UC Discoveries Are Among Top Research and Future Technologies Presented at National Science Meeting
University of Cincinnati research out of the College of Engineering and Applied Science (CEAS) will be among topics examining health, energy and the environment at the American Chemical Societys (ACS) 246th National Meeting & Exposition, Sept. 8-12, in Indianapolis.
The annual meeting is themed Chemistry in Motion.
The UC research is among 7,200 presentations and discoveries reflecting fields where chemistry plays a central role.
UC discoveries also will parallel the Chemistry in Motion theme, as UC researchers explore how an ingredient in our old coffee grounds might someday serve as a viable energy resource.
Other UC research examines issues relating to our water supply, issues of global concern. Here are some of the highlights:
For many of us, its the fuel that wakes us up and gets us started on our day. Now, UC researchers are discovering that an ingredient in our old coffee grounds might someday serve as a cheaper, cleaner fuel for our cars, furnaces and other energy sources.
Presenter: Yang Liu, environmental engineering doctoral student
Researchers: Yang Liu, Qingshi Tu, a UC doctoral student in environmental engineering, and Mingming Lu, a UC associate professor of environmental engineering.
Revealing the Intermediates and Pathways of Microcystin-LR Degradation Under Visible Light TiO2 Photocatalysis
The research examines sustainable methods of using visible light to treat cyanobacteria-generated toxins in the world's drinking water. Cyanobacteria can create large and potentially toxic algal blooms in fresh and marine waters. The presentation will be given at 9:35 a.m., Sept. 9, as part of that day's morning oral session, titled "Green Chemistry and the Environment."
Presenter: Dion D. Dionysiou, a UC professor of environmental engineering
Researchers: Joel M. Andersen, CEAS graduate student, and Dionysiou
The research examines water purification through oxidization to remove cylindrospermopsin, a recently detected cyanobacterial toxin. Algal blooms with this toxin can negatively affect aquatic biosystems and human health. The presentation will be given at 10:35 a.m., Sept. 12, as part of that day's morning oral session, titled "Fate and Toxicology of Emerging Environmental Contaminants."
Presenter: Xuexiang He, CEAS graduate student
Researchers: He; Armah A. de la Cruz of the U.S. Environmental Protection Agency's National Exposure Research Laboratory in Cincinnati; Dion D. Dionysiou, UC professor of environmental engineering, in collaboration with NIREAS-International Water Research Center at the University of Cyprus in Nicosia, Cyprus.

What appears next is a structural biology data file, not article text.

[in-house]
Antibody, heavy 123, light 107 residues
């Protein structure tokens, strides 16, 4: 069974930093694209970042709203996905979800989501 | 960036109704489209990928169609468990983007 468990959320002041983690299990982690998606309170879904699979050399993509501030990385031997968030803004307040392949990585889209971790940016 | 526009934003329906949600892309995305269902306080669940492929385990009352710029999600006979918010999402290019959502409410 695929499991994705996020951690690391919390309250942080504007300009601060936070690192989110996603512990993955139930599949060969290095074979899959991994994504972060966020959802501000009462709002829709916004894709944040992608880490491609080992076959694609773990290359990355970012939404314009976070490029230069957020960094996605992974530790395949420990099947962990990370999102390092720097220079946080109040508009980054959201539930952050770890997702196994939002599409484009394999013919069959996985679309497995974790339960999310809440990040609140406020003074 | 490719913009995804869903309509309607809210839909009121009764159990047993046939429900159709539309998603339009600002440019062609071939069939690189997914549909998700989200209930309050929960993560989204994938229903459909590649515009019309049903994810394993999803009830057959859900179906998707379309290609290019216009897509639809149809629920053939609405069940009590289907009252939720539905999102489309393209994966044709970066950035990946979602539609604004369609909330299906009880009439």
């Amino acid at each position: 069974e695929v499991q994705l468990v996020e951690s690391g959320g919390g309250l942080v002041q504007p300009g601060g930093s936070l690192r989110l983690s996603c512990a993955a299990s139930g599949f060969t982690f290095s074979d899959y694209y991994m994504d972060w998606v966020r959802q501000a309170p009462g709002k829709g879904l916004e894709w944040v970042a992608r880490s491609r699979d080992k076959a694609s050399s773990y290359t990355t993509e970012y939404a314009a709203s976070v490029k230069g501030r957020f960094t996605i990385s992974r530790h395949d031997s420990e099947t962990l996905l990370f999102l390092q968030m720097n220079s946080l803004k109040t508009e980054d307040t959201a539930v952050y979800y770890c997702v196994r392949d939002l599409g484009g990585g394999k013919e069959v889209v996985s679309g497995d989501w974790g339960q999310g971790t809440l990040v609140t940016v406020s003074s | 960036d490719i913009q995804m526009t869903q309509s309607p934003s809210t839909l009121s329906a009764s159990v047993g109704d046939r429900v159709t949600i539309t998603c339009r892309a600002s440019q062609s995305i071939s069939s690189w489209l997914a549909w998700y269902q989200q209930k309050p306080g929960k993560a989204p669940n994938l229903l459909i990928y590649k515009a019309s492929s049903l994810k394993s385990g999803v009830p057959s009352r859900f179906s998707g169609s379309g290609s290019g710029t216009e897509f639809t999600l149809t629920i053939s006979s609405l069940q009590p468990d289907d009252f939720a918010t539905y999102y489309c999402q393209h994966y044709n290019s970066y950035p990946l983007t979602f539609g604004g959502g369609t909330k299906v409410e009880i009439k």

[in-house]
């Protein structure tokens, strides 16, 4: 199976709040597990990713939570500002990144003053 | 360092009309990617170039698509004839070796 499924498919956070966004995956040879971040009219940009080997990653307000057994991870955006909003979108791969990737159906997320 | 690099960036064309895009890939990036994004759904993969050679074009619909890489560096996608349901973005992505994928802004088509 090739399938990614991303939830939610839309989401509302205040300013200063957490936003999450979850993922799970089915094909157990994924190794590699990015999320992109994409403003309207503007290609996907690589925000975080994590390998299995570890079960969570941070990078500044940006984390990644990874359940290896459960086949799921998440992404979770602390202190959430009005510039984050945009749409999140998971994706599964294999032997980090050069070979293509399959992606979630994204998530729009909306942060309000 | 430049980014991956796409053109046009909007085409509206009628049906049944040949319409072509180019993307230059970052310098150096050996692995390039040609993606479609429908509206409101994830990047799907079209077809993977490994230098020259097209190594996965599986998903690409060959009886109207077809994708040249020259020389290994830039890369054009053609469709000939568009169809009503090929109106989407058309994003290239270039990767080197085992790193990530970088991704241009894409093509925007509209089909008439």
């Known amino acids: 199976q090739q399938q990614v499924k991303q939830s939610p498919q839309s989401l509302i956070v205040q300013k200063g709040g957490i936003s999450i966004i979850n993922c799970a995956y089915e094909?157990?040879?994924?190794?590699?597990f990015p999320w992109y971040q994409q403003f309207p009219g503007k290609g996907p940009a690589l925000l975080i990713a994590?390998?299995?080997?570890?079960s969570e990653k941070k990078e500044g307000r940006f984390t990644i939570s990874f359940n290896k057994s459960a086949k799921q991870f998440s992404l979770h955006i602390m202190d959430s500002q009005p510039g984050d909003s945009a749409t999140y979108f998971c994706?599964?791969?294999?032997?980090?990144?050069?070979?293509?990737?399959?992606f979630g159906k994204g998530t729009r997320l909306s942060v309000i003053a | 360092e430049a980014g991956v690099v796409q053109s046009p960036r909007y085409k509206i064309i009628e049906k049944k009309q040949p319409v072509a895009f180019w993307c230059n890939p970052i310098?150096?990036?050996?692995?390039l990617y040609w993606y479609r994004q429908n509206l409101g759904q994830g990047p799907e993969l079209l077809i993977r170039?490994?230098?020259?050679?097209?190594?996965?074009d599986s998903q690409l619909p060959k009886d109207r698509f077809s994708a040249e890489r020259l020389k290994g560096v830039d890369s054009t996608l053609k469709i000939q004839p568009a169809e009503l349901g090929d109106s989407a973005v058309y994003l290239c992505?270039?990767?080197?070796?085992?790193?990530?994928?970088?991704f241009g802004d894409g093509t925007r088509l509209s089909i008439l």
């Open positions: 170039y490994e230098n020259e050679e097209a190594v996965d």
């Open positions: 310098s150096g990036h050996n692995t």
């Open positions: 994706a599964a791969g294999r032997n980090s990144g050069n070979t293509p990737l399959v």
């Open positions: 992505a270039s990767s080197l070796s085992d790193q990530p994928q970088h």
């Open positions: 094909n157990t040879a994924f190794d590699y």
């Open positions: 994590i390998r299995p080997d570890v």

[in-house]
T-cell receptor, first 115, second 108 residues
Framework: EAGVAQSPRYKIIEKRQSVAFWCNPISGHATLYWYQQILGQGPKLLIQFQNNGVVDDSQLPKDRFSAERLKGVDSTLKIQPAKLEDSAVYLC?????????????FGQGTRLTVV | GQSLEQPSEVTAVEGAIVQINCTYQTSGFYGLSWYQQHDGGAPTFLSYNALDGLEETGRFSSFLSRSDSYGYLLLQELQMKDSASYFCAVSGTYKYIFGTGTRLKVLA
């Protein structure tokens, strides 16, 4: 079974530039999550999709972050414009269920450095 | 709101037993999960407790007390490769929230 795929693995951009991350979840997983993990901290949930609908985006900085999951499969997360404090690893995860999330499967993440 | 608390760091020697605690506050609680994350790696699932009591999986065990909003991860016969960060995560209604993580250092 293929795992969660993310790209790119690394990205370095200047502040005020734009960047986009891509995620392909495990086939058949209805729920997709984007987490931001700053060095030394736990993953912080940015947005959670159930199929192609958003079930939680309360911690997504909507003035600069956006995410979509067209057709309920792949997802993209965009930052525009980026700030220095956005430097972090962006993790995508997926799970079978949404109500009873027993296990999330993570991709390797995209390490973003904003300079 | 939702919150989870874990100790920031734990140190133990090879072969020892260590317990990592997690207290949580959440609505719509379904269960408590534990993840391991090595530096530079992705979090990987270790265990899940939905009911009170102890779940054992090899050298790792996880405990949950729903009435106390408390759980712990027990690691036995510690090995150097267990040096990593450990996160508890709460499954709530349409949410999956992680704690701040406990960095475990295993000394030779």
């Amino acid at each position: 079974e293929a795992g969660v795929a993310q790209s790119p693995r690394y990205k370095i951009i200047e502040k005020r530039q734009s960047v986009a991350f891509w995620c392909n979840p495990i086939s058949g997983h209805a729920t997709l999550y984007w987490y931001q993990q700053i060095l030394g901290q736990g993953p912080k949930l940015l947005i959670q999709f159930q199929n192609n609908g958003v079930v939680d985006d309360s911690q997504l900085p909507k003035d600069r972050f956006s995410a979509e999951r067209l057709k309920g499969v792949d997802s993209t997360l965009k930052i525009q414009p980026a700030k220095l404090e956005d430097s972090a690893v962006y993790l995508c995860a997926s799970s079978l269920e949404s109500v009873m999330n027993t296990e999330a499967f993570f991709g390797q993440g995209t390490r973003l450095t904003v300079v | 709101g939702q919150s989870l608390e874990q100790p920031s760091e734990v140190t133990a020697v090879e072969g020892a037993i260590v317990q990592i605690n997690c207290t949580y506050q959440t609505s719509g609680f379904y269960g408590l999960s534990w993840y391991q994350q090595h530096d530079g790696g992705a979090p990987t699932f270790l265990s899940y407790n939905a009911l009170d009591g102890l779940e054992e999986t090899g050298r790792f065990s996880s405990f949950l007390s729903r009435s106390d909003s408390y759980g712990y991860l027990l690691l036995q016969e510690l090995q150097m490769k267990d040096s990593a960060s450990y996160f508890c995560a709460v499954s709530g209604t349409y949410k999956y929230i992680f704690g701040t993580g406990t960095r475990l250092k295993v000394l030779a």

Advance oxidation processes are a set of chemical treatment procedures that remove water toxicants by oxidation through reactions with hydroxyl radicals. Hydroxyl radicals are highly reactive with many pollutants rendering them inactive and harmless, are often short-lived and are produced during the UV light separation of peroxides.
Researcher: Xiaodi Duan, doctoral student in environmental engineering
Studying the interaction between silver nanoparticles (Ag-NPs) and biofilms will help to better understand the fate and transport of Ag-NPs in the environment and evaluate its risks to aquatic ecosystems.
Researcher: Hengye Jing, environmental engineering doctoral student
The research examines ways to enhance the efficiency of treating drinking water by changing the structure of photocatalytic materials, such as titanium dioxide. Photocatalysis is a chemical reaction accelerated through the absorption of light. The presentation will be given at 10:35 a.m., Sept. 11, as part of that day's morning oral session, titled "Materials-Based Technologies for Water and Energy Sustainability: Research Frontiers and Practical Challenges to Adoption."
Presenter: Dion D. Dionysiou, UC professor of environmental engineering
Researchers: Changseok Han and Joel M. Andersen, graduate students in CEAS; Dionysiou; and Vlassis Likodimos, Athanassios G. Kontos and Polycarpos Falaras of the National Center for Scientific Research Demokritos in Athens, Greece
Carbon nanotubes (CNTs) and carbon nanofibers have unique qualities such as high thermal and electrical conductivities, high tensile strengths and large aspect ratios. The research focuses on the potential release of harmful elements during accidental fires and high-temperature treatment (recycling) of CNT composites of Poly(Bisphenol A) carbonate and Polyamide 6.
Researcher/Presenter: Caroline Akinyi, graduate student in environmental engineering
UC researchers develop a solar-powered nano filter that is able to remove harmful carcinogens and antibiotics from water sources lakes and rivers at a significantly higher rate than the currently used filtering technology made of activated carbon. The research will be presented on Sept. 12.
Researchers: Vikram Kapoor, environmental engineering doctoral student, and David Wendell, assistant professor of environmental engineering
With main offices located in Washington, D.C., and Columbus, Ohio, the American Chemical Society is a nonprofit organization chartered by the U.S. Congress. With more than 163,000 members, ACS is the worlds largest scientific society and global leader to provide access to chemistry-related research.
UC's College of Engineering and Applied Science is the world founder of cooperative education. The college has been ranked "Most Selective in Research" by the National Science Foundation and has internationally known faculty.